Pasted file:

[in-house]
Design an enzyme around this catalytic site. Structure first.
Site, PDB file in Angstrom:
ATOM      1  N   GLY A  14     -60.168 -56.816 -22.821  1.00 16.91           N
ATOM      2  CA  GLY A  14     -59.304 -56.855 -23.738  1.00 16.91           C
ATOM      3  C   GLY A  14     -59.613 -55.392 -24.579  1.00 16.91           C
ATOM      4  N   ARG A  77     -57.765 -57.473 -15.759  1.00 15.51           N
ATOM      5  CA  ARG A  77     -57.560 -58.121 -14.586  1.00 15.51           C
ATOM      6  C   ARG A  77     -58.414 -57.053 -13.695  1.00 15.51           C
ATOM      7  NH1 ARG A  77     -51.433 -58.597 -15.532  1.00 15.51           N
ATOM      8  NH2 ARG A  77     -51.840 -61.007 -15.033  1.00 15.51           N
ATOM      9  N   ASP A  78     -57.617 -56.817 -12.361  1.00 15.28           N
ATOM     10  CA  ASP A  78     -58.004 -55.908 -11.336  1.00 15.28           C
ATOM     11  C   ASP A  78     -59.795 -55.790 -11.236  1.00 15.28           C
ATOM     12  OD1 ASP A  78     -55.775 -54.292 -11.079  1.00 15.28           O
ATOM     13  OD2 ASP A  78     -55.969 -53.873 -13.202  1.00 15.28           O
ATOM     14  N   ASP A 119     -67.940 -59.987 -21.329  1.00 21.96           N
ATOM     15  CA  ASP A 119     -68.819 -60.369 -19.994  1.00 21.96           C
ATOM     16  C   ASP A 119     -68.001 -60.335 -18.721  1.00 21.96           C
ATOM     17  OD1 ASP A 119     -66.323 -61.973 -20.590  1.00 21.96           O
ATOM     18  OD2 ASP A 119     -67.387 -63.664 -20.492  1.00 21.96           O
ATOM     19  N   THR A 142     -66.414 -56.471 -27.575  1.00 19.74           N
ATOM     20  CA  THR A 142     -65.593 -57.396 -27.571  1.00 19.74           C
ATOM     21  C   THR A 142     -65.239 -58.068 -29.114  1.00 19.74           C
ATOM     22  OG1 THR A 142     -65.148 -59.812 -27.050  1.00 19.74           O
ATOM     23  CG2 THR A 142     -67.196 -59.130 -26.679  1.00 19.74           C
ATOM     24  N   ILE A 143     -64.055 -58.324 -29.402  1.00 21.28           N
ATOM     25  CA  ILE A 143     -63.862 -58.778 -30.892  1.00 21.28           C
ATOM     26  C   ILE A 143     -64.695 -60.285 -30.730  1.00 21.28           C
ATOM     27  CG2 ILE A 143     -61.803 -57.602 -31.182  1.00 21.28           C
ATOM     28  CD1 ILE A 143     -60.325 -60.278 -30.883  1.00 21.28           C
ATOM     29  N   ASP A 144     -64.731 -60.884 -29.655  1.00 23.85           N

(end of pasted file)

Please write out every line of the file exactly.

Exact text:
[in-house]
Design an enzyme around this catalytic site. Structure first.
Site, PDB file in Angstrom:
ATOM      1  N   GLY A  14     -60.168 -56.816 -22.821  1.00 16.91           N
ATOM      2  CA  GLY A  14     -59.304 -56.855 -23.738  1.00 16.91           C
ATOM      3  C   GLY A  14     -59.613 -55.392 -24.579  1.00 16.91           C
ATOM      4  N   ARG A  77     -57.765 -57.473 -15.759  1.00 15.51           N
ATOM      5  CA  ARG A  77     -57.560 -58.121 -14.586  1.00 15.51           C
ATOM      6  C   ARG A  77     -58.414 -57.053 -13.695  1.00 15.51           C
ATOM      7  NH1 ARG A  77     -51.433 -58.597 -15.532  1.00 15.51           N
ATOM      8  NH2 ARG A  77     -51.840 -61.007 -15.033  1.00 15.51           N
ATOM      9  N   ASP A  78     -57.617 -56.817 -12.361  1.00 15.28           N
ATOM     10  CA  ASP A  78     -58.004 -55.908 -11.336  1.00 15.28           C
ATOM     11  C   ASP A  78     -59.795 -55.790 -11.236  1.00 15.28           C
ATOM     12  OD1 ASP A  78     -55.775 -54.292 -11.079  1.00 15.28           O
ATOM     13  OD2 ASP A  78     -55.969 -53.873 -13.202  1.00 15.28           O
ATOM     14  N   ASP A 119     -67.940 -59.987 -21.329  1.00 21.96           N
ATOM     15  CA  ASP A 119     -68.819 -60.369 -19.994  1.00 21.96           C
ATOM     16  C   ASP A 119     -68.001 -60.335 -18.721  1.00 21.96           C
ATOM     17  OD1 ASP A 119     -66.323 -61.973 -20.590  1.00 21.96           O
ATOM     18  OD2 ASP A 119     -67.387 -63.664 -20.492  1.00 21.96           O
ATOM     19  N   THR A 142     -66.414 -56.471 -27.575  1.00 19.74           N
ATOM     20  CA  THR A 142     -65.593 -57.396 -27.571  1.00 19.74           C
ATOM     21  C   THR A 142     -65.239 -58.068 -29.114  1.00 19.74           C
ATOM     22  OG1 THR A 142     -65.148 -59.812 -27.050  1.00 19.74           O
ATOM     23  CG2 THR A 142     -67.196 -59.130 -26.679  1.00 19.74           C
ATOM     24  N   ILE A 143     -64.055 -58.324 -29.402  1.00 21.28           N
ATOM     25  CA  ILE A 143     -63.862 -58.778 -30.892  1.00 21.28           C
ATOM     26  C   ILE A 143     -64.695 -60.285 -30.730  1.00 21.28           C
ATOM     27  CG2 ILE A 143     -61.803 -57.602 -31.182  1.00 21.28           C
ATOM     28  CD1 ILE A 143     -60.325 -60.278 -30.883  1.00 21.28           C
ATOM     29  N   ASP A 144     -64.731 -60.884 -29.655  1.00 23.85           N